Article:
What I learned in Kansas

tamrawilson Uncategorized

There’s nothing like a long road trip to put life in perspective. That’s especially true for the Great Plains. I’m not talking flyovers, but driving an SUV across Kansas, feeling every turn and bump in the road.

Tym and I took this trek on our recent Western excursion. Kansas was our first leg of a three-week journey to San Francisco–1,500 miles as the crow flies. The Great Plains were the warm-up.

kellysAs we crossed the Kansas River, I imagined hardy, or foolhardy, tenderfoots with visions aplenty as they set out from Westport, MO. Once the jumping-off point to trails west, Westport is now part of Kansas City, a neighborhood full of restaurants and a bar known as Kelly’s Westport Inn. In the 1850s and 60s, the Kelly’s building was a store provisioning wagon trains. No doubt it saw my ancestors, the Hart family, off on their attempt to homestead the Kansas wilds. The year was 1867. Things didn’t work out. By 1870 they were safely back home in Illinois.

The Arabia Steamboat Museum in Kansas City was an excellent introduction to that period of history. The Arabia sank when it hit a snag on the Missouri River in 1856, laden with goods for the frontier. In 1988, a team of researchers excavated the boat from a farmer’s field, as the river changes its course often. Inside the sunken hulk was a Victorian Wal-Mart: tons of new old stock, from glass buttons to bonnets to leather shoes, chinaware, bolts of cloth, door hinges, nails, tools and horse collars were displayed as they might’ve been had the boat made it west of Quindaro Bend.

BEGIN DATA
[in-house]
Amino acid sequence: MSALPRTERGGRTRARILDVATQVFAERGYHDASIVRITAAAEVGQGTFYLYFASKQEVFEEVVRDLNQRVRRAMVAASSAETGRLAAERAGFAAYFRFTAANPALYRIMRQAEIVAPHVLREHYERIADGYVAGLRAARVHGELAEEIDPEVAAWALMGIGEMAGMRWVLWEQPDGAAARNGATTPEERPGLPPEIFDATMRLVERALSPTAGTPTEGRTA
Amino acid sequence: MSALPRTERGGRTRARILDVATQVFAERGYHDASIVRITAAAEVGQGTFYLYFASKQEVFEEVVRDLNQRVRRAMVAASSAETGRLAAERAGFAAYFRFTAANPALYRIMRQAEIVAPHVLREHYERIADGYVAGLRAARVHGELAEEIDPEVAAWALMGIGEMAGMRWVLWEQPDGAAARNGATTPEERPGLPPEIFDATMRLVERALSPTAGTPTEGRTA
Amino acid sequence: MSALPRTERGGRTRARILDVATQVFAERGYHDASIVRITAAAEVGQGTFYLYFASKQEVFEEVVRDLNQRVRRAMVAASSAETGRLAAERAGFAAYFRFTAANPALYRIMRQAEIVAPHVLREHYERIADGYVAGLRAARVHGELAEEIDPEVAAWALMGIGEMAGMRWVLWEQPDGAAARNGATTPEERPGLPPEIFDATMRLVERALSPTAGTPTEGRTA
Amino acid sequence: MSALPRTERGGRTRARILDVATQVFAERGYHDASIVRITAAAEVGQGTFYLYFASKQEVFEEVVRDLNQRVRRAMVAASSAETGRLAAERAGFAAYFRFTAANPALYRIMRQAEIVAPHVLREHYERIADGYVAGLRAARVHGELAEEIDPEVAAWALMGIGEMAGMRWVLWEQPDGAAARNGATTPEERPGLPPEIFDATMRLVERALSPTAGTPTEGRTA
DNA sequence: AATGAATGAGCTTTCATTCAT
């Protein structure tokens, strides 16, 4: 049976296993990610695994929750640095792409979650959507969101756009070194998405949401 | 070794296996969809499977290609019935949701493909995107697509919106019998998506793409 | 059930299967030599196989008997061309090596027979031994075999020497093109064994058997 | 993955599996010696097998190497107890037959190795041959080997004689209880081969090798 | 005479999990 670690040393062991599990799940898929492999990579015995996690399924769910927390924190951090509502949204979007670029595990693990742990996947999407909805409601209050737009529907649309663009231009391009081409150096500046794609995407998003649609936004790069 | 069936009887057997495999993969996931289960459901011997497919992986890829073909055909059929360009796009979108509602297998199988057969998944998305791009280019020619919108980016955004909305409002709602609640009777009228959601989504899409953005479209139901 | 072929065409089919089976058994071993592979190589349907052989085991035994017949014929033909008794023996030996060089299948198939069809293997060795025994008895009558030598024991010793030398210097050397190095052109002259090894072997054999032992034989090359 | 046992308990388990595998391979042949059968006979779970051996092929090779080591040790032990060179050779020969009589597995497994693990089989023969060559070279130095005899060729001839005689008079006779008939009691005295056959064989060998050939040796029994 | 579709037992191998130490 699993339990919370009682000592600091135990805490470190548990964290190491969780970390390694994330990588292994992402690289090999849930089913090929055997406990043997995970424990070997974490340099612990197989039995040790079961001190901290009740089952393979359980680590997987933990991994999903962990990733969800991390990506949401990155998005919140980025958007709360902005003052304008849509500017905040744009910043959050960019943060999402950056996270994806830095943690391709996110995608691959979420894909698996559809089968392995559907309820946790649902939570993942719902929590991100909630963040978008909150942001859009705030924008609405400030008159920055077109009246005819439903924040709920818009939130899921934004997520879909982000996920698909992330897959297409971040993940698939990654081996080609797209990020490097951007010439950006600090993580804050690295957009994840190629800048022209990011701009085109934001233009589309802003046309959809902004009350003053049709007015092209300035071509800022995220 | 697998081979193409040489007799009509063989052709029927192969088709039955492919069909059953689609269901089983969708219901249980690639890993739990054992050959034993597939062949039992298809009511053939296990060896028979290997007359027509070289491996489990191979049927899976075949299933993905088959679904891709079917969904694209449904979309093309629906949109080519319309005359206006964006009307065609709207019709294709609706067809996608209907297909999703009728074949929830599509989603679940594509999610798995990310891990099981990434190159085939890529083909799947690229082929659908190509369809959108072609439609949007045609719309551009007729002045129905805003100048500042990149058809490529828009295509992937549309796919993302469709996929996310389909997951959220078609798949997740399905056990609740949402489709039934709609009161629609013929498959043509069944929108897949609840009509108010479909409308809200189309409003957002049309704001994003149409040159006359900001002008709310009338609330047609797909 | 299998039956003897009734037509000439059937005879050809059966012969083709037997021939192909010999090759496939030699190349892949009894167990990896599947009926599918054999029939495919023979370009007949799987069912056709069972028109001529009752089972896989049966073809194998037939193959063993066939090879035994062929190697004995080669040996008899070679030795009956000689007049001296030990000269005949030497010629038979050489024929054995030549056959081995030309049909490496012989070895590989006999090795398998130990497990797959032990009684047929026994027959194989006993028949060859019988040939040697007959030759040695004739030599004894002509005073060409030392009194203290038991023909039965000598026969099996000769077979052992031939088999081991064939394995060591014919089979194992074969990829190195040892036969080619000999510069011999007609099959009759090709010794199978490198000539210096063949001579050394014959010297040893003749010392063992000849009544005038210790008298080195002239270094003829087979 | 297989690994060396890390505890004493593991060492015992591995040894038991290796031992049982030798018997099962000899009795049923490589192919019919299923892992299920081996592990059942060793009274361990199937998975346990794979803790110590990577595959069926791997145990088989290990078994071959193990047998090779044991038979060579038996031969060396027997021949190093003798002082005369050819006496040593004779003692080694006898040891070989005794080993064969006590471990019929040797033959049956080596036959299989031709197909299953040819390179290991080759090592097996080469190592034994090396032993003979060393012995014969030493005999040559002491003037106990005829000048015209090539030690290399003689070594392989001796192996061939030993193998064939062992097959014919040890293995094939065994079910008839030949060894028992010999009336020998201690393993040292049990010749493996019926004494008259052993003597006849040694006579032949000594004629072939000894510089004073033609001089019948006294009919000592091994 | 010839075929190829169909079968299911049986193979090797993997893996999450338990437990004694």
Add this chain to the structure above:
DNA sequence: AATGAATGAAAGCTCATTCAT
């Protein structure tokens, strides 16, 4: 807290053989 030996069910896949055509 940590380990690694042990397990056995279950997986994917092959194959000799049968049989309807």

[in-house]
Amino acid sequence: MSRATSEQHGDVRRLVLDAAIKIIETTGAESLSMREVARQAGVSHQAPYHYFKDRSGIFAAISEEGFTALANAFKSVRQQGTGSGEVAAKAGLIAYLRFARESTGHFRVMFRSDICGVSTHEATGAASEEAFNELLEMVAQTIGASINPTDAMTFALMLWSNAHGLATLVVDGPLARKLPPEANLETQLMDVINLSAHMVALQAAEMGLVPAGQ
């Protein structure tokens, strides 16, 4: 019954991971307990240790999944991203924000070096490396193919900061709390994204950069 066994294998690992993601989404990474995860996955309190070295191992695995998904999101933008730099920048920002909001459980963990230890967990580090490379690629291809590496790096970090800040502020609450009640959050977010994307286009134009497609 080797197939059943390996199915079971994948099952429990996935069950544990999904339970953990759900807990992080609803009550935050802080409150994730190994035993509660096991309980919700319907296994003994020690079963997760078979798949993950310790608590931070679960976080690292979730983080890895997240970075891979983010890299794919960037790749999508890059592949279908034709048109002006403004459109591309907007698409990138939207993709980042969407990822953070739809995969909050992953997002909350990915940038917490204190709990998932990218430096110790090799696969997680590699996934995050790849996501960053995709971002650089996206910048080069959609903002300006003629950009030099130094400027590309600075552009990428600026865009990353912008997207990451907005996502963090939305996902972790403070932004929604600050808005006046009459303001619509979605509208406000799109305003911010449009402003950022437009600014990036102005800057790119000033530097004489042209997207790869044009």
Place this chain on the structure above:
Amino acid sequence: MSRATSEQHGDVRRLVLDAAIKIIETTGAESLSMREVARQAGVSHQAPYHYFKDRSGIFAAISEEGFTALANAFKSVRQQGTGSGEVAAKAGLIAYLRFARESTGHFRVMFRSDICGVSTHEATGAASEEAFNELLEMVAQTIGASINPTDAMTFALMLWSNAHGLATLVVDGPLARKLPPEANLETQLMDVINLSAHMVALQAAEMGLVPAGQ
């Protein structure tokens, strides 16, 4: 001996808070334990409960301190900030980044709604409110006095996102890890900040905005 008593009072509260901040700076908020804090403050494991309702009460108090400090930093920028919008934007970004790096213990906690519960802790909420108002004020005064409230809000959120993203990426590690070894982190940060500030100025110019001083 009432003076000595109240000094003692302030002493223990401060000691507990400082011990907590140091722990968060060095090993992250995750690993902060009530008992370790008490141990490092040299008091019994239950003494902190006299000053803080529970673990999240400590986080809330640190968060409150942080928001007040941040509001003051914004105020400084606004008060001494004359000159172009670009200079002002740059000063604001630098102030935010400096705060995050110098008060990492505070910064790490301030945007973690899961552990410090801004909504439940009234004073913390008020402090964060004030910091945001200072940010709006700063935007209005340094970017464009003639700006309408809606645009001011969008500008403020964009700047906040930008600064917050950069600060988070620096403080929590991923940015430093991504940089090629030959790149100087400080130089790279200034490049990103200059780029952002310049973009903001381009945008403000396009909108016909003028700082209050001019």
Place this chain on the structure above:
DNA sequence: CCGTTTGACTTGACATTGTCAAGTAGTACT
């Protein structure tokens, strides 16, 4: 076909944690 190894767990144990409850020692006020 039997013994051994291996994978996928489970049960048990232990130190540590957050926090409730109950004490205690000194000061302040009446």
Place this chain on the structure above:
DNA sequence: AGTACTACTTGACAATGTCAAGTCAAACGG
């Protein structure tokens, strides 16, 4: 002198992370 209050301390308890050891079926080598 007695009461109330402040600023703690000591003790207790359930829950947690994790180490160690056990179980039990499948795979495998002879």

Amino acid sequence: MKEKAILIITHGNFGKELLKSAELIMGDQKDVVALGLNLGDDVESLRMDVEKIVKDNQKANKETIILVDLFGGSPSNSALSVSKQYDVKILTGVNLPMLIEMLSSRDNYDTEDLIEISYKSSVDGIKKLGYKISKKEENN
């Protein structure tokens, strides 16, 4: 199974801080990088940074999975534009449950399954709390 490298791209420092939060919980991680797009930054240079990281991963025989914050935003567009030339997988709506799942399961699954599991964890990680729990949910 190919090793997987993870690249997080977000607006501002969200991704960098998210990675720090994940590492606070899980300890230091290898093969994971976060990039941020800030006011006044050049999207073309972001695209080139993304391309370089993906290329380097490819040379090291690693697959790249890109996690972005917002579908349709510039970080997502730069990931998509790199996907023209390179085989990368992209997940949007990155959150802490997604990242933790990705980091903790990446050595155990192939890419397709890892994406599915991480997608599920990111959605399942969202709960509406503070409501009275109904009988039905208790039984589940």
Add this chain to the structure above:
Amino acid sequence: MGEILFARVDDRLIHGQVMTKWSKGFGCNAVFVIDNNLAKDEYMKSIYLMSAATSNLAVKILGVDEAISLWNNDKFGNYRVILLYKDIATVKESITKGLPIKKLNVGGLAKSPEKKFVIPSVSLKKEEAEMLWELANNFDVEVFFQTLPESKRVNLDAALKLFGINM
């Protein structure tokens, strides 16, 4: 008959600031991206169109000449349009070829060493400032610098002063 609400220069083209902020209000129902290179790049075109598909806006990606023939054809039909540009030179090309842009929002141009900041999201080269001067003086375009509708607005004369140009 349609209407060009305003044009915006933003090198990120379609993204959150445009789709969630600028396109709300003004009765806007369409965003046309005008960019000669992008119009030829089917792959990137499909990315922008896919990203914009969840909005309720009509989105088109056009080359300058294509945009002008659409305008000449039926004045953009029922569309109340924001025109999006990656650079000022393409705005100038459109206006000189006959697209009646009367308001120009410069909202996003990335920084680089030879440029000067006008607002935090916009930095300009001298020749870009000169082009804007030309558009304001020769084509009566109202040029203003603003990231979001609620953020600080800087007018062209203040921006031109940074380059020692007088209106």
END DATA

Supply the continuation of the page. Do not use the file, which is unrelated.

Mud is a preservative. I stood gap-mouthed in amazement at jars of pickles that the excavators claimed are still edible, along with every other thing one might buy in 1856— merchandise similar to what my people would have bought as neophyte Kansans.

And so we headed west on I-70, and the landscape turned into rolling hills then grasslands, flat and treeless—400 miles—an entire day of pondering life on the trail from the comfortable front seat of an SUV. We spotted faint remnants of wagon ruts on the Santa Fe Trail near Dodge City, reminding us of how America’s story is as amazing as the ghosts left in its wake.

We pondered the weeks it would have taken to make it across Kansas Territory at five miles a day, watching for the trail, fording streams and rivers, hoping the livestock didn’t go lame or drown or fall ill. Praying that an axle didn’t break or horses didn’t spook. Watching for signs of illness, safe water to drink, rationing supplies, on the lookout for hostile Indians, outlaws, foul weather; guarding against sunstroke, insect bites, rattlesnakes, fevers, infections and sprains—girding strength to endure the loneliness and the fear of moving headlong into a dry, dusty unknown.

Many didn’t make it. An estimated 20,000 perished on the Oregon Trail alone. We don’t hear much about those unfortunate souls, just as my family seldom talked about my great-great grandparents and how their dream of a Kansas homestead evaporated. They made the 400-mile journey from Illinois, but life on the plains proved too much. Within a year or so they pulled up stakes and headed home. I was never told why.

yokeAn odd relic handed down from the Harts is in an ox yoke. It rests in our attic as a reminder of something I should know. Was this the one used on the trek to Kansas? Maybe.

What I am sure of is how I admire them for dreaming of life beyond Westport, MO and for their determination to make the vision real. What I admire most is their courage to put one foot in front of the other, to keep going long after the dream vanished.